Increasing diversity at board level—and throughout companies—is acknowledged as a priority by business, government and regulators as well many shareholders and customers.

Companies have made welcome progress in increasing gender diversity on boards over the last five years, with the FTSE 100 sector as a whole meeting the 25% target set by Lord Davies by the end of 2015.

However, this headline achievement masks the reality of how individual companies are  performing: our top boards still remain male and White, and the lack of women in executive director roles at Britain’s biggest companies is particularly stark.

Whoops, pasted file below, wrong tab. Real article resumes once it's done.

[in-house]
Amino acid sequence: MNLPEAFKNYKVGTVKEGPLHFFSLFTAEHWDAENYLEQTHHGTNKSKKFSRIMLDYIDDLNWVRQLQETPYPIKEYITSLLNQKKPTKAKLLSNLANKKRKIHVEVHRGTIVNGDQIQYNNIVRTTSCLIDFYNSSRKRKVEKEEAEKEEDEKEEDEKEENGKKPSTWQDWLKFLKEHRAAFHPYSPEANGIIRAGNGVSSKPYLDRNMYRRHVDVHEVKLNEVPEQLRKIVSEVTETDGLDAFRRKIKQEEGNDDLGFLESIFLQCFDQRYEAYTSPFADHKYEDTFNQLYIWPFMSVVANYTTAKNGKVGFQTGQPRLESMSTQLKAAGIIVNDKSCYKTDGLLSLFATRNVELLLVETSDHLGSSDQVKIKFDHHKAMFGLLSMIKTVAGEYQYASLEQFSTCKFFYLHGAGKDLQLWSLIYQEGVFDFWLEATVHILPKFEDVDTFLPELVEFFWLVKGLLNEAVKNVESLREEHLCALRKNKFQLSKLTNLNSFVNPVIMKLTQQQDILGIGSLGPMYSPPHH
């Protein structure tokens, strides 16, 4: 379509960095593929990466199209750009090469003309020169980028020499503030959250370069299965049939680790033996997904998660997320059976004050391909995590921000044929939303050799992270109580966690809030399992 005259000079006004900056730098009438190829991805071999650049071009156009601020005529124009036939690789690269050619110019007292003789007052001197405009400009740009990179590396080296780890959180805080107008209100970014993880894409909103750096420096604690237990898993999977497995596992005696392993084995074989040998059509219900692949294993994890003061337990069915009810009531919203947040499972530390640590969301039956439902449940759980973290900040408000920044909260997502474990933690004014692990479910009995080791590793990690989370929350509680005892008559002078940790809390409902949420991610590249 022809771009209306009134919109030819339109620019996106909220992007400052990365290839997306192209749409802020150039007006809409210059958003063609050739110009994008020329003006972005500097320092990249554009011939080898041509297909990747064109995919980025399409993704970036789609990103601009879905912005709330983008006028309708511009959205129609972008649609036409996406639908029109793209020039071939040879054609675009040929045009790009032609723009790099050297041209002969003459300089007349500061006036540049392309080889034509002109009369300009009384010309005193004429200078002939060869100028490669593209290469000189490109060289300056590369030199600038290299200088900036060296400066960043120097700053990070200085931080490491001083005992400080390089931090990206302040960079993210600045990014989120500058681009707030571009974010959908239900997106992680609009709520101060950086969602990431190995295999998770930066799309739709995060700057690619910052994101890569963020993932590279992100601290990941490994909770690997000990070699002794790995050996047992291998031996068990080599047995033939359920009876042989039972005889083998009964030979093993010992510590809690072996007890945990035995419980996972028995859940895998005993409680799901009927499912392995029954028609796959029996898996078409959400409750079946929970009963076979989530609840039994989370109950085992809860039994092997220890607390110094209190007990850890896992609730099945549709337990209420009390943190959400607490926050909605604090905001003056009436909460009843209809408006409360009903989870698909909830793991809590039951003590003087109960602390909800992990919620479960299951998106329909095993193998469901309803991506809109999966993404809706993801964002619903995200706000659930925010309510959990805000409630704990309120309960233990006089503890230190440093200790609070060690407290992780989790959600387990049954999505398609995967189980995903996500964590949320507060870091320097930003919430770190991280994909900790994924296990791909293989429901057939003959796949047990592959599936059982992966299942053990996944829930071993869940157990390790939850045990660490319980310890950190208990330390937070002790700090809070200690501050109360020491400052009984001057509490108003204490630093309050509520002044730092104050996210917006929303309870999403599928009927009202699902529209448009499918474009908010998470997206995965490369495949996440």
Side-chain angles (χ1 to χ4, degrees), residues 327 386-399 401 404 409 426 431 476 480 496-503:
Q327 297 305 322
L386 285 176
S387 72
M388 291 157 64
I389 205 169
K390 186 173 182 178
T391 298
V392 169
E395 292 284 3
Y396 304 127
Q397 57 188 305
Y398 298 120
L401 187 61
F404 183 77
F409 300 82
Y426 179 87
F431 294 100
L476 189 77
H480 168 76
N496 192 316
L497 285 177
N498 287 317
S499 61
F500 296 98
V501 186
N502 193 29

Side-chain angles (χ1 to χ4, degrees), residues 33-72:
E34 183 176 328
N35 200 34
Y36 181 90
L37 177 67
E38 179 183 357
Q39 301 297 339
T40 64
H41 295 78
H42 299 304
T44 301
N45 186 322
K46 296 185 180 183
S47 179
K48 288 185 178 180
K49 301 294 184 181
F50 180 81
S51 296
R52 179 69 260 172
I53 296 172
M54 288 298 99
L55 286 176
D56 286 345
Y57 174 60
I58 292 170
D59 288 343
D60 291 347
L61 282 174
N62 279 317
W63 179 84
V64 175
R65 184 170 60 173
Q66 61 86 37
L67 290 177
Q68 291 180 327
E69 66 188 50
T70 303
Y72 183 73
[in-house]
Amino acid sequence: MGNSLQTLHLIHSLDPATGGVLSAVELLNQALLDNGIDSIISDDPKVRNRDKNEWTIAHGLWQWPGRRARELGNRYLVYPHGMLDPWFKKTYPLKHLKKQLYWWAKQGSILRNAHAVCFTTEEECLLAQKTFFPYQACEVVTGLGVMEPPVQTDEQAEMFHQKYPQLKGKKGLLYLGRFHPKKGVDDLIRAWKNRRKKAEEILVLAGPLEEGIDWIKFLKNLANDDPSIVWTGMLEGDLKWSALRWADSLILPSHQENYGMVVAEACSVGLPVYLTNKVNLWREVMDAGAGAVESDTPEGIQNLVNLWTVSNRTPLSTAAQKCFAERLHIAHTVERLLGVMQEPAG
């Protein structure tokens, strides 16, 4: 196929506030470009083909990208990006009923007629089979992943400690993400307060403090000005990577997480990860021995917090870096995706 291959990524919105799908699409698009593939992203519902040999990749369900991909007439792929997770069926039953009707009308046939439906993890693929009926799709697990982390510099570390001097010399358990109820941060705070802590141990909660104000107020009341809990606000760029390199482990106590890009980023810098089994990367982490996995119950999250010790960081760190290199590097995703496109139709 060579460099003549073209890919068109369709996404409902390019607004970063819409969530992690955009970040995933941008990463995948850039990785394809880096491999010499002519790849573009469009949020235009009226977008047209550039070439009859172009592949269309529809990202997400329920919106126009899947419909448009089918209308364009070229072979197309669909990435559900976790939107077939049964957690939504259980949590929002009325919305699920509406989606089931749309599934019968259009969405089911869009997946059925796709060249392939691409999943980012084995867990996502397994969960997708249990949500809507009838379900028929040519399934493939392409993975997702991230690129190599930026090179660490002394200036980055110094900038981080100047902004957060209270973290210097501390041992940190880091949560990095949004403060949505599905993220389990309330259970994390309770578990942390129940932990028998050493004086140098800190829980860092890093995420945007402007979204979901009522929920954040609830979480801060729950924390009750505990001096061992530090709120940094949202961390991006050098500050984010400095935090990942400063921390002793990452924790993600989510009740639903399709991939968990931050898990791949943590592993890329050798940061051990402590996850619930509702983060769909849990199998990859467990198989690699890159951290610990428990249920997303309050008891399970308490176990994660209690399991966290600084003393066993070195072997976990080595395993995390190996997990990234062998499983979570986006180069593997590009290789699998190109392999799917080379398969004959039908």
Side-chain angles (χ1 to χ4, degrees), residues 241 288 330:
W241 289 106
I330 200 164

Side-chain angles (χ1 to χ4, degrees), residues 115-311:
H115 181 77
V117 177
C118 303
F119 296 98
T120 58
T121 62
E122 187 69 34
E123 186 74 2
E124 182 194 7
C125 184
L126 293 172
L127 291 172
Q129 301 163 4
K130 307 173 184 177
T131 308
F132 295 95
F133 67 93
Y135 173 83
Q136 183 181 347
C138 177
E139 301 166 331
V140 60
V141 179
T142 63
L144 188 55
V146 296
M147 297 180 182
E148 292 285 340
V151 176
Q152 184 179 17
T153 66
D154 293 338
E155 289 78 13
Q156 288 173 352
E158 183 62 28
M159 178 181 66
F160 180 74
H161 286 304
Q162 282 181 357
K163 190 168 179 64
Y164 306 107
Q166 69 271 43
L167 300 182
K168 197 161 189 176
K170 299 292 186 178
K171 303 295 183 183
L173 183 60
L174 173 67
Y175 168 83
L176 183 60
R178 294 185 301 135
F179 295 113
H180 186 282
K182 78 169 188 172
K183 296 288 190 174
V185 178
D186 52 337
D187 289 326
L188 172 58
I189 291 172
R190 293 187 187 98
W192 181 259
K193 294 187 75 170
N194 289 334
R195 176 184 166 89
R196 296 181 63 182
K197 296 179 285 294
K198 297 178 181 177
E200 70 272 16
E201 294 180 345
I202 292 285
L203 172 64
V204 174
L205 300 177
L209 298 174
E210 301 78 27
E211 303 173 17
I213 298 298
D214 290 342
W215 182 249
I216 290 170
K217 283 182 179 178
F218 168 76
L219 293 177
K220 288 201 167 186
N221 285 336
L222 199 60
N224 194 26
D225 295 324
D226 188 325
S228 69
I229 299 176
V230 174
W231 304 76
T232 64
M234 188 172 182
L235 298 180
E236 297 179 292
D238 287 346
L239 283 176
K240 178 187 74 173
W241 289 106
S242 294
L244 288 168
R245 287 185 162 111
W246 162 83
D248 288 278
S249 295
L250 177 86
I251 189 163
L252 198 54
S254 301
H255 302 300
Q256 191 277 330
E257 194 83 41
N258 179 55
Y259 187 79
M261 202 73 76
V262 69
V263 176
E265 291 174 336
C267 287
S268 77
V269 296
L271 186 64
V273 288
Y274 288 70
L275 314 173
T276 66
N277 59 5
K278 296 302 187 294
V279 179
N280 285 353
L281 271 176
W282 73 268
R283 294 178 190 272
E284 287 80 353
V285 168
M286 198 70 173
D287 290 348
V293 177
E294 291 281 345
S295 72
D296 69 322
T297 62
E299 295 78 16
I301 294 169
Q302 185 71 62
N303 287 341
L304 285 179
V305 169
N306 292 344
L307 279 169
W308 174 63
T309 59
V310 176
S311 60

Outdated attitudes and opaque selection processes make improving diversity a challenge. Our inquiry found continuing reliance on ‘old boys’ networks’ to source candidates, reluctance to cast the net more widely and selection based on vague notions of ‘chemistry and fit’, all of which lead to boards recruiting in their own image.

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